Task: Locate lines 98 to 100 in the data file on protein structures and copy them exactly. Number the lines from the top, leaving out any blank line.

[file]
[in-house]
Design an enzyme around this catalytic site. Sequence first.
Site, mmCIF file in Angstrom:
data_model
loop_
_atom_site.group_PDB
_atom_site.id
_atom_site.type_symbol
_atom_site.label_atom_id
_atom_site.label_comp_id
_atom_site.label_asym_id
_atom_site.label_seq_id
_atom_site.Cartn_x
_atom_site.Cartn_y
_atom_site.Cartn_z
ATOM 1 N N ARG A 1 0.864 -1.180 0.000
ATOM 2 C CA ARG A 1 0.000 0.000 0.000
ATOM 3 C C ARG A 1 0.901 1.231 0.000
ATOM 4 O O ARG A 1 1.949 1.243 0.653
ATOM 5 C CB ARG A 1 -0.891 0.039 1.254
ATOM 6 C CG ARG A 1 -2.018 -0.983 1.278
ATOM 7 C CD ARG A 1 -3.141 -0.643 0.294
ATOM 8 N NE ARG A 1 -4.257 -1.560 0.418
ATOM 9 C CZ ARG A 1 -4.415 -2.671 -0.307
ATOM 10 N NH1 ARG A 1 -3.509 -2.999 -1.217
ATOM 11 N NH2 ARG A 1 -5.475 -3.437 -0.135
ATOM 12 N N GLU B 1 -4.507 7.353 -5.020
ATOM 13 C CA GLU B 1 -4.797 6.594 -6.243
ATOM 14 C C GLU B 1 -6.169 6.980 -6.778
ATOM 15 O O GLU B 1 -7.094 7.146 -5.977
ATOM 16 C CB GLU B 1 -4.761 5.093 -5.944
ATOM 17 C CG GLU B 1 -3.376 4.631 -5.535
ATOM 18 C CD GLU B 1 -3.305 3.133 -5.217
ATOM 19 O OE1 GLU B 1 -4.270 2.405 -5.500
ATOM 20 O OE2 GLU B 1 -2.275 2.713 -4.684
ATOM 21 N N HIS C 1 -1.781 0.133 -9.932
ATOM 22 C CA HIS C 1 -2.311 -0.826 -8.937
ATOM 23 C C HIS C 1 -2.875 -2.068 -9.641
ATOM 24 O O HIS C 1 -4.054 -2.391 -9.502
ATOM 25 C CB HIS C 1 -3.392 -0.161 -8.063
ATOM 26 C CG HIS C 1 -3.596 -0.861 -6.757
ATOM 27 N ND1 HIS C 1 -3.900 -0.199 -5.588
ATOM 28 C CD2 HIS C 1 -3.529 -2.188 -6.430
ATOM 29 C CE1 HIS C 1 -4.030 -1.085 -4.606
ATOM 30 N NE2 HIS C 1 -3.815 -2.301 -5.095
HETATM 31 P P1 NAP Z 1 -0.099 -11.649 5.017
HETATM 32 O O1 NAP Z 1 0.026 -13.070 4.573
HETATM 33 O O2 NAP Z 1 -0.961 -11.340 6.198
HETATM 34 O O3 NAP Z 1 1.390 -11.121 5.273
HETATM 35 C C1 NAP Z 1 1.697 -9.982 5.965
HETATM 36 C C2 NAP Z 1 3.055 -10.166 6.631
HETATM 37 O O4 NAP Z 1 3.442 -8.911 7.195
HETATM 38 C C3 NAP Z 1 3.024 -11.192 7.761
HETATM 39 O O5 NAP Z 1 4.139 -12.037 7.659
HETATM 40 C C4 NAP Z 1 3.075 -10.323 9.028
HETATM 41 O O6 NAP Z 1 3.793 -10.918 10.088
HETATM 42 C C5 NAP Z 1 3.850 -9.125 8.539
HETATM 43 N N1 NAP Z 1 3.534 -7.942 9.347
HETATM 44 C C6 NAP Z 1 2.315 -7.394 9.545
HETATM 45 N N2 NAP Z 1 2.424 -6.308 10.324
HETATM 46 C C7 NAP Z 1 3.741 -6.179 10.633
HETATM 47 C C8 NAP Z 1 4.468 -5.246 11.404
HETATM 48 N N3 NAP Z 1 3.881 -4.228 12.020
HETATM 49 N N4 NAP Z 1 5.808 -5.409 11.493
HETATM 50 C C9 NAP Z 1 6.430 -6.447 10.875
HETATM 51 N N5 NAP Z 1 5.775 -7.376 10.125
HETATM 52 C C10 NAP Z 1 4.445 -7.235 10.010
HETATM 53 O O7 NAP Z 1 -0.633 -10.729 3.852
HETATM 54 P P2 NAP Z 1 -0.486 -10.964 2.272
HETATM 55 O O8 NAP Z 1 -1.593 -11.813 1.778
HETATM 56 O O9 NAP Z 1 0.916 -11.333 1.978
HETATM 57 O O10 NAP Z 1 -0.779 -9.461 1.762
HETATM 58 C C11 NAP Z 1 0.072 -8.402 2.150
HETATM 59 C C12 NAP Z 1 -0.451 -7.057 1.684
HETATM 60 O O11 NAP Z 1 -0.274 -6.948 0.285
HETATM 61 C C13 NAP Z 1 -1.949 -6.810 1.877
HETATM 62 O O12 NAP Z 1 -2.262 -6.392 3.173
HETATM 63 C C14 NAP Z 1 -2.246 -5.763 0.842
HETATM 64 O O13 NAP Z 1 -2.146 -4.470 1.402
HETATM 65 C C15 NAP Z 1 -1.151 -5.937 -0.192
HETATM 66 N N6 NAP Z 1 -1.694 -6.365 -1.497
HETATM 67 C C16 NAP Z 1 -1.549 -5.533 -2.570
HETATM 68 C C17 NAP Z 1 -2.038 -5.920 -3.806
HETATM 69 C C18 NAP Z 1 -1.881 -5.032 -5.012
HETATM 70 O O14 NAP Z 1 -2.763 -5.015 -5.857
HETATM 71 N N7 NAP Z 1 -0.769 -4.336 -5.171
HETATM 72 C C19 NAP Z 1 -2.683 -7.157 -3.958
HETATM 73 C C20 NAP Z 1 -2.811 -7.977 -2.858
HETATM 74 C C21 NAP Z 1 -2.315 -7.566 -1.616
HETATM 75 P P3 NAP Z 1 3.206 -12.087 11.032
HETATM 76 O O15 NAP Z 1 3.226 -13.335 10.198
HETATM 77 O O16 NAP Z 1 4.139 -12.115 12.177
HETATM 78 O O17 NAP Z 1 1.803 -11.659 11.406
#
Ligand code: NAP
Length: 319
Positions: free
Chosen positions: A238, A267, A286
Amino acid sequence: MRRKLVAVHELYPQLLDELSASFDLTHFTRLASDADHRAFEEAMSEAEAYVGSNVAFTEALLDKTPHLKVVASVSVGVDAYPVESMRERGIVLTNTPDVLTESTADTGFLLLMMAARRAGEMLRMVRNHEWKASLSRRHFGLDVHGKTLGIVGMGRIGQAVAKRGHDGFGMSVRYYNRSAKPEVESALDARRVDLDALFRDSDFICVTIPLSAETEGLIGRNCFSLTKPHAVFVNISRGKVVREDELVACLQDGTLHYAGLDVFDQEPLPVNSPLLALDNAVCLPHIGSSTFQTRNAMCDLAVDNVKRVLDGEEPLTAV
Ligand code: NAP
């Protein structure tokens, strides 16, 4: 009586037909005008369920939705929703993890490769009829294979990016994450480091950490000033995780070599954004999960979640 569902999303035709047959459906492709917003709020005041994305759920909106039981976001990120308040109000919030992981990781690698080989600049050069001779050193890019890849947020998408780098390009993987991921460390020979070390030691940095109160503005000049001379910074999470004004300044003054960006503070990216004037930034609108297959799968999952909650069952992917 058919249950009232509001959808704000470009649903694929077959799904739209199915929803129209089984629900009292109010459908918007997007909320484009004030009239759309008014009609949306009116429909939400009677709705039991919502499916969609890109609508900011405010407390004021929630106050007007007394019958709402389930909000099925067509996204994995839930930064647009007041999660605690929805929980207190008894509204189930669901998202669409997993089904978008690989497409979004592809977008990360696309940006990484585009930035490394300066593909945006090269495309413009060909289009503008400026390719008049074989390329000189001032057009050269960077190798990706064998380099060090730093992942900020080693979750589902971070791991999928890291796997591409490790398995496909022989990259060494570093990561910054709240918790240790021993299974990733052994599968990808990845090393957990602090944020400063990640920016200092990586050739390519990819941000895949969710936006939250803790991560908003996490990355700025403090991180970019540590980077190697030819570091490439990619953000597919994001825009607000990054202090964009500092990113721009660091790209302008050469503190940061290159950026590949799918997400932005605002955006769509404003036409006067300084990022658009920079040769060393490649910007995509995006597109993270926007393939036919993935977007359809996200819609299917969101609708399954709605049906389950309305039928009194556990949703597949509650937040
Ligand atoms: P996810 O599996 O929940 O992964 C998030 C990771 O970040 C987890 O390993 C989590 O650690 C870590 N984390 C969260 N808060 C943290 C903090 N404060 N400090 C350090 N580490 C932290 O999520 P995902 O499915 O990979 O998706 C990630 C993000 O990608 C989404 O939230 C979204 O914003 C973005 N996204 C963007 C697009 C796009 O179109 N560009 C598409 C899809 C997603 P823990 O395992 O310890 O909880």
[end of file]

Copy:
Chosen positions: A238, A267, A286
Amino acid sequence: MRRKLVAVHELYPQLLDELSASFDLTHFTRLASDADHRAFEEAMSEAEAYVGSNVAFTEALLDKTPHLKVVASVSVGVDAYPVESMRERGIVLTNTPDVLTESTADTGFLLLMMAARRAGEMLRMVRNHEWKASLSRRHFGLDVHGKTLGIVGMGRIGQAVAKRGHDGFGMSVRYYNRSAKPEVESALDARRVDLDALFRDSDFICVTIPLSAETEGLIGRNCFSLTKPHAVFVNISRGKVVREDELVACLQDGTLHYAGLDVFDQEPLPVNSPLLALDNAVCLPHIGSSTFQTRNAMCDLAVDNVKRVLDGEEPLTAV
Ligand code: NAP